Headlines from the SC State Capitol:
–The Supreme Court’s recent decision to prevent those candidates who filed their financial paperwork improperly from appearing on the ballot claimed another two dozen victims Wednesday. Some local candidates in Anderson, Beaufort, Charleston, and Florence counties were dropped from their respective ballots. Meanwhile, the Oconee County GOP canceled its Tuesday primary altogether, saying none of the 11 challengers were eligible under the court’s ruling.
–The House updated its budget plan Wednesday to account for an additional $292 million in new revenue that economic advisors added to their predictions in April. The House scaled back the Senate version of next year’s budget, offering smaller raises for state employees and larger amounts for tax relief and the Charleston harbor deepening.
–Governor Nikki Haley tapped her new choice to head the state agency responsible for investigating waste, fraud, and abuse in state government. Haley named longtime FBI veteran Patrick Maley as her pick for state Inspector General. Maley replaces James Martin, who plans to retire at month’s end. Maley’s appointment must be approved by the state Senate.
–Several bills are now headed to the governor for approval after passing Wednesday:
One tries to cut down on the number of stolen cars being sold for scrap by requiring metal recyclers to obtain the title before destroying any car younger than 15 years. Lawmakers say thieves often sell stolen cars to junkyards for scrap and that the yard operators destroy the cars before the owners can track them down.
Another hotly-contested bill bars an insurance claims company from only referring customers to a windshield repair businesses it owns. It was specifically designed to target a single company, Safelite, which owns a claims call center and multiple glass repair shops around the state. Opponents say the company uses unfair trade practices.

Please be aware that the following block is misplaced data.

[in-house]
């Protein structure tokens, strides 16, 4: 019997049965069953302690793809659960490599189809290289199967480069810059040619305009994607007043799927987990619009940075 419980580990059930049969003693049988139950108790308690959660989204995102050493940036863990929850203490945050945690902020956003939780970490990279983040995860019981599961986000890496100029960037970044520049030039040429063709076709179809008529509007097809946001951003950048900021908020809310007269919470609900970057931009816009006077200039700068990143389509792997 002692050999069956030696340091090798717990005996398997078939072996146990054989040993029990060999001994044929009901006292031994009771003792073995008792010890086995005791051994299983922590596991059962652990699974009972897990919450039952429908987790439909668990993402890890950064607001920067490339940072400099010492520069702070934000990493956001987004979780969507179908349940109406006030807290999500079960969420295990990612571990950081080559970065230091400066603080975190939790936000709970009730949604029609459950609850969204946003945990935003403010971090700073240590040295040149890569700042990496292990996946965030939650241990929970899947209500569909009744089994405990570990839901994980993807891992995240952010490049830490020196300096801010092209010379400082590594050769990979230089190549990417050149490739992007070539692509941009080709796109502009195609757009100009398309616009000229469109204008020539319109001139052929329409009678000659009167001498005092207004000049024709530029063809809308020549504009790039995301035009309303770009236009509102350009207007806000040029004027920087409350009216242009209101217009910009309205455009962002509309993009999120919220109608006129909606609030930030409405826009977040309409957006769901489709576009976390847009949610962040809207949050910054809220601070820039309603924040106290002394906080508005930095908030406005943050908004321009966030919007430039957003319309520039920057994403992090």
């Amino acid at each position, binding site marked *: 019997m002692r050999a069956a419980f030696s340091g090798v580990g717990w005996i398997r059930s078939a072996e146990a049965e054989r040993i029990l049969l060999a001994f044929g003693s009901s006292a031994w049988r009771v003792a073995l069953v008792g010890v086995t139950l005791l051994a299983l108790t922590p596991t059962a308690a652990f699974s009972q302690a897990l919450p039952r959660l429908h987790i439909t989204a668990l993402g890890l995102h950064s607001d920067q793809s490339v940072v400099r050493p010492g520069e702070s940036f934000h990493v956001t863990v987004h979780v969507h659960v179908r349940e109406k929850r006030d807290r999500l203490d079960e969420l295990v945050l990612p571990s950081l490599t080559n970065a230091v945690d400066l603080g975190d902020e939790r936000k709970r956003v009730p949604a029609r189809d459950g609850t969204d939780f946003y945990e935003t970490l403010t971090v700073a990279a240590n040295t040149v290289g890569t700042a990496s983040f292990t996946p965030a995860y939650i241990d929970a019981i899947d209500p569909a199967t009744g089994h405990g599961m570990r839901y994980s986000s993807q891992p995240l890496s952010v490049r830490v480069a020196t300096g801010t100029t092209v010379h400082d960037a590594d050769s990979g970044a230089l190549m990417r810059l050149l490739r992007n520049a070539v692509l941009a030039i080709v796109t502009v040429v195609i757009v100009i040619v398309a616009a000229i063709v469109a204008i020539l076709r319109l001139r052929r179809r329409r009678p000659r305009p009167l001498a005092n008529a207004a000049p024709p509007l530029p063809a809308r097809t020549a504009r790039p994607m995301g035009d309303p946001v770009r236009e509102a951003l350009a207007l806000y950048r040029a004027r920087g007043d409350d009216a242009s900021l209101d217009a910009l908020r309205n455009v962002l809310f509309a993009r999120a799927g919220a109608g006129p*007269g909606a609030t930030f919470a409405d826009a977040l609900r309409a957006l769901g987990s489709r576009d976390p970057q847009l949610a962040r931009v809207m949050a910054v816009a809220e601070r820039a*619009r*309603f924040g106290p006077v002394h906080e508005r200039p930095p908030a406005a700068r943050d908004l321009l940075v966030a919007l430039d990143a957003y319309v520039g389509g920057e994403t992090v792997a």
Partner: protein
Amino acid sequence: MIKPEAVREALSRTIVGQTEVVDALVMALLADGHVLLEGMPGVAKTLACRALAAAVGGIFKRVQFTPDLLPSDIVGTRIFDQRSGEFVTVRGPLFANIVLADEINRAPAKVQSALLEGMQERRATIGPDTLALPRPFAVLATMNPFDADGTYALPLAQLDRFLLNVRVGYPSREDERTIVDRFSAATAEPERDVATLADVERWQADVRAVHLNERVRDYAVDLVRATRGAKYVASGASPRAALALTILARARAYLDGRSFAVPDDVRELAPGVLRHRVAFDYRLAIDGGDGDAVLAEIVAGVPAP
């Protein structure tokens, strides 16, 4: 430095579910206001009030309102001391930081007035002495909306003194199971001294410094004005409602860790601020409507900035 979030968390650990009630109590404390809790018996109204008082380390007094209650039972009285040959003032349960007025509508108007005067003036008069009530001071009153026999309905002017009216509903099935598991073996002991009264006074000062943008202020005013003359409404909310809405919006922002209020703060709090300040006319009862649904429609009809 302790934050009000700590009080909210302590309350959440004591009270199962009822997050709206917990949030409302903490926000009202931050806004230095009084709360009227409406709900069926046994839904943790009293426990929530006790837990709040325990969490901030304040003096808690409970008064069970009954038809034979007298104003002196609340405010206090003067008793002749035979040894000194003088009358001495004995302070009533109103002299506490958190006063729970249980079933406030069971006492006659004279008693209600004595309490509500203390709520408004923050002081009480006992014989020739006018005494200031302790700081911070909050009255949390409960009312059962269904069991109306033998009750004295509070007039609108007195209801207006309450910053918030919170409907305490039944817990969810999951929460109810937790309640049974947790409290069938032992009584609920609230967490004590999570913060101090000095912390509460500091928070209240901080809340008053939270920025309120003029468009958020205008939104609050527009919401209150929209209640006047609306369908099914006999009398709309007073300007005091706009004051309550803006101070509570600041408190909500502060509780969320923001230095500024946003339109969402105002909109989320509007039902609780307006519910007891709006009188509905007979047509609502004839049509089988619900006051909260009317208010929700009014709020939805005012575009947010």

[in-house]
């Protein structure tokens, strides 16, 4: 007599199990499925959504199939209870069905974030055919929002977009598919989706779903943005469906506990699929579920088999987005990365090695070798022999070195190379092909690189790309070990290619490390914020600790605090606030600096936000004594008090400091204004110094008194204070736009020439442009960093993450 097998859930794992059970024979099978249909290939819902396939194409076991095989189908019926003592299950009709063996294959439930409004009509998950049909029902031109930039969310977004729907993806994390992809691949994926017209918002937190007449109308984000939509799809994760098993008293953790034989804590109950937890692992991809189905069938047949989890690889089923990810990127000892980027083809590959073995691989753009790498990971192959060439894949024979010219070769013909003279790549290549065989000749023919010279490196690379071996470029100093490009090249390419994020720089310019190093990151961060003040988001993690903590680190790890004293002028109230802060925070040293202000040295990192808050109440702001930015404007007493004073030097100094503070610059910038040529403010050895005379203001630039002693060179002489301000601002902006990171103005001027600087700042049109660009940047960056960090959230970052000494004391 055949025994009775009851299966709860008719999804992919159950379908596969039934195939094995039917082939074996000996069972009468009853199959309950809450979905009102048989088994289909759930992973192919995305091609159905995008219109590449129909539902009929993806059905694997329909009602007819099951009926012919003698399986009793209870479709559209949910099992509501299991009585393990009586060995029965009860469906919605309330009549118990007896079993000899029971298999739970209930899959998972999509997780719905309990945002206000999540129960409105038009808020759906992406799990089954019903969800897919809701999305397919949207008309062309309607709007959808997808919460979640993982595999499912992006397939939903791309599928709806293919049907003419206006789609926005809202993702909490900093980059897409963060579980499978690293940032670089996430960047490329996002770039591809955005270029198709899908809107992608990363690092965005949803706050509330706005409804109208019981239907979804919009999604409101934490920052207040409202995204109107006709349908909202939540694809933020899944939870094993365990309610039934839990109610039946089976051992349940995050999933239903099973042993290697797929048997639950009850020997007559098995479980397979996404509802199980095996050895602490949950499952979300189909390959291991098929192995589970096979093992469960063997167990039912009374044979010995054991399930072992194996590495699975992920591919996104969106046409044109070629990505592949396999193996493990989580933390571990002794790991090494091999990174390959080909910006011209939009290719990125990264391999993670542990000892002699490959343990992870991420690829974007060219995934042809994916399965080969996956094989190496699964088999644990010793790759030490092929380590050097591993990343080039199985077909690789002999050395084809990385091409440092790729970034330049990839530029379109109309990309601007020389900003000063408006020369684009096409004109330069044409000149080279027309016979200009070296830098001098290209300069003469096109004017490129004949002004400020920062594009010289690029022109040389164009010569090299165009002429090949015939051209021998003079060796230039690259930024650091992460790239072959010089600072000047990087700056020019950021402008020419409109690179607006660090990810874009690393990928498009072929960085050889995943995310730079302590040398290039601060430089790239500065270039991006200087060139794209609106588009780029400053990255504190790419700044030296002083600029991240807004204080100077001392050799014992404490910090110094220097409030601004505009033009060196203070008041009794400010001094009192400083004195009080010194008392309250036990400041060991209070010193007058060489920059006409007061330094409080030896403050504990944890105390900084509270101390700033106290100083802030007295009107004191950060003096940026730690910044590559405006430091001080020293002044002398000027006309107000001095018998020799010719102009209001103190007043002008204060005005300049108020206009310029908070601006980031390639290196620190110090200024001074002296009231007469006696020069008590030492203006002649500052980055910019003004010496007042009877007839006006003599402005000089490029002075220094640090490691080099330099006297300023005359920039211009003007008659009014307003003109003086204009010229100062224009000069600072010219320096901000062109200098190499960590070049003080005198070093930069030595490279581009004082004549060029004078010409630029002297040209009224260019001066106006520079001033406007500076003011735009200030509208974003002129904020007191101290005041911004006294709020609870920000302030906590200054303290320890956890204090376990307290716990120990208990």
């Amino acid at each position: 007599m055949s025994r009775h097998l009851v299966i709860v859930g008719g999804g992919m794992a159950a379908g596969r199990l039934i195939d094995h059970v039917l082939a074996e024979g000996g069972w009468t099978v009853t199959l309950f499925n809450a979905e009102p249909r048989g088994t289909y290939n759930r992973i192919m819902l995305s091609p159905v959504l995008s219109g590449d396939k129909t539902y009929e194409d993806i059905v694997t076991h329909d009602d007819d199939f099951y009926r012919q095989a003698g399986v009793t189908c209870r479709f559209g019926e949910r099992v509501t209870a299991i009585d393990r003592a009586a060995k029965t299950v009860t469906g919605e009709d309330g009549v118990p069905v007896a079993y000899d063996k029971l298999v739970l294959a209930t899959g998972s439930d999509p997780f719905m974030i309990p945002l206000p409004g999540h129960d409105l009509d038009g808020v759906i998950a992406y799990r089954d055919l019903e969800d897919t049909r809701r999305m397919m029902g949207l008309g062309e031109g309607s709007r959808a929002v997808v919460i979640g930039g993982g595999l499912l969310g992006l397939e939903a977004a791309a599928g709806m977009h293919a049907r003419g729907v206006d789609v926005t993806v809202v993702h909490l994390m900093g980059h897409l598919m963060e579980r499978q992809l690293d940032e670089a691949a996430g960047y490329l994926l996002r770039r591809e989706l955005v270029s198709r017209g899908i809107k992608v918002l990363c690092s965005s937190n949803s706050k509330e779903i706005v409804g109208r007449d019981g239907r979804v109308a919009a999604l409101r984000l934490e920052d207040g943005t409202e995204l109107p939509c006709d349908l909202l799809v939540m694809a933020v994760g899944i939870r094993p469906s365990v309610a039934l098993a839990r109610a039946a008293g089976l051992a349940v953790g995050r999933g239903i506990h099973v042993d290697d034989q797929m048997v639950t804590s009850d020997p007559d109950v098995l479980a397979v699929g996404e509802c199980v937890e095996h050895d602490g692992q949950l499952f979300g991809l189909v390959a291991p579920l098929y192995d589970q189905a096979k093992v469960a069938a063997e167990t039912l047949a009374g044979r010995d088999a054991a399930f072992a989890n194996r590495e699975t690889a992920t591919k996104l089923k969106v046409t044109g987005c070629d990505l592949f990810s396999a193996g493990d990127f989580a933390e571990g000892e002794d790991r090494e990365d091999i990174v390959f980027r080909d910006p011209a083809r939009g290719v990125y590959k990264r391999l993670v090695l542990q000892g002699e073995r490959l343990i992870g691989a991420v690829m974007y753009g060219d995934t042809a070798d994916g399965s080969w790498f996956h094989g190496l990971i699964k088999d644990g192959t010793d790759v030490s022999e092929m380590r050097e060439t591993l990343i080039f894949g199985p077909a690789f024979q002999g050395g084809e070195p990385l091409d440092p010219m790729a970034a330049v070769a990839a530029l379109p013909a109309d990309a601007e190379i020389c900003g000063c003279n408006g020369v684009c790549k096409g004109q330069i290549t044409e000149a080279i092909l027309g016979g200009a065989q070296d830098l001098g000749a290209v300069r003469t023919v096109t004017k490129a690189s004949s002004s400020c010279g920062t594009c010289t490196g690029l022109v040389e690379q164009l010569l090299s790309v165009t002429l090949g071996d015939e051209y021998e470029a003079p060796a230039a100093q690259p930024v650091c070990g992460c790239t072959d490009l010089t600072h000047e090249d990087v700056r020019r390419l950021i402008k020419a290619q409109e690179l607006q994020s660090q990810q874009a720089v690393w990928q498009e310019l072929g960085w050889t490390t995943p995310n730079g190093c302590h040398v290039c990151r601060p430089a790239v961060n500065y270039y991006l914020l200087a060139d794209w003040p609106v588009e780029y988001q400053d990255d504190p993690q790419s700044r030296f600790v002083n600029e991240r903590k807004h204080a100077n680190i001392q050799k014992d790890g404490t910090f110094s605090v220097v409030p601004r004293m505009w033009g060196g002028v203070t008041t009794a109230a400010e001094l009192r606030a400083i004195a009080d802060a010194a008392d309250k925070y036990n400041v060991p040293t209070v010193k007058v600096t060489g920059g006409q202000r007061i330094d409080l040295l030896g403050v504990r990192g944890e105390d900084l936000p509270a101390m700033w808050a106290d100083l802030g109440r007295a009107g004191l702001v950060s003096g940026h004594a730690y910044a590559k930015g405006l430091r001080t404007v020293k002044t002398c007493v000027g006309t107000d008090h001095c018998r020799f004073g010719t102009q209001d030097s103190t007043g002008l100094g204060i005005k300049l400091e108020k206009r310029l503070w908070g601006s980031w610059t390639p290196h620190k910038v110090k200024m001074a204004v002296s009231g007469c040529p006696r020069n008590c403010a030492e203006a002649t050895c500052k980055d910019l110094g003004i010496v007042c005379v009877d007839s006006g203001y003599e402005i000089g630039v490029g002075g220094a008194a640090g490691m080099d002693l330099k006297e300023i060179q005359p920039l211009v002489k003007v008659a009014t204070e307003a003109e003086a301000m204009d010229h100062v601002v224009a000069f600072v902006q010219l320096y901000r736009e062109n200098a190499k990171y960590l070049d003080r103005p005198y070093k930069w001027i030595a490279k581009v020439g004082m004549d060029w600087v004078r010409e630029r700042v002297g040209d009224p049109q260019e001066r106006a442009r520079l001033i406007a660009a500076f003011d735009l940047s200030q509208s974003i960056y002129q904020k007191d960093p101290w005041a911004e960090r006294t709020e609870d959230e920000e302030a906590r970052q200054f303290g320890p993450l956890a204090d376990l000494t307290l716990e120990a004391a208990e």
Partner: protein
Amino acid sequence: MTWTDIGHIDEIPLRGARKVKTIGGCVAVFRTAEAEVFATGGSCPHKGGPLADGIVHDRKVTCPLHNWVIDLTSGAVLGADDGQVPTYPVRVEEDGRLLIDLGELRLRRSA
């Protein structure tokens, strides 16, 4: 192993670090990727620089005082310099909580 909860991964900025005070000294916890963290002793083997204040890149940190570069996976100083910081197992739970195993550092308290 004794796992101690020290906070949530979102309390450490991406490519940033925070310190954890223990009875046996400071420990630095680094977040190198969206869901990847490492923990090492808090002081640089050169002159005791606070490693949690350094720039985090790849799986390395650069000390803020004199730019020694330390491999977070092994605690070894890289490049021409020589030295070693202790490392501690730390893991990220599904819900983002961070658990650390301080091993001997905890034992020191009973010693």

Lawmakers also passed legislation that requires schools to offer HPV vaccines for middle-school students, but does not make the vaccines mandatory and allows the family to decide if they want to take the vaccine or not. Human papilloma virus has been shown to increase the risk of cervical cancer in women, but the vaccines are controversial as the disease is transmitted sexually. Governor Haley has not yet indicated if she will sign this bill.
The House also sent to the governor separate bills that would allow online voter registration in South Carolina and make it a crime for prison inmates to create social networking sites to intimidate victims.
—The first day of negotiations between the House and Senate on pension reform failed to close the gap between the two chambers’ positions. The key issue seems to be cost-of-living adjustment (COLA) increases for retirees. Senators want an automatic increase in the COLA each year, while House members want any increase to be based on the fund’s performance.
–Forestry officials showed off new wildfire-fighting equipment on the Statehouse grounds. State Forester Gene Kodama said he wanted to thank lawmakers for setting aside money that helped buy new closed-cab bulldozers. Kodama said the new vehicles would be safer to operate while fighting large blazes. The equipment was purchased with $3 million included as part of next year’s budget.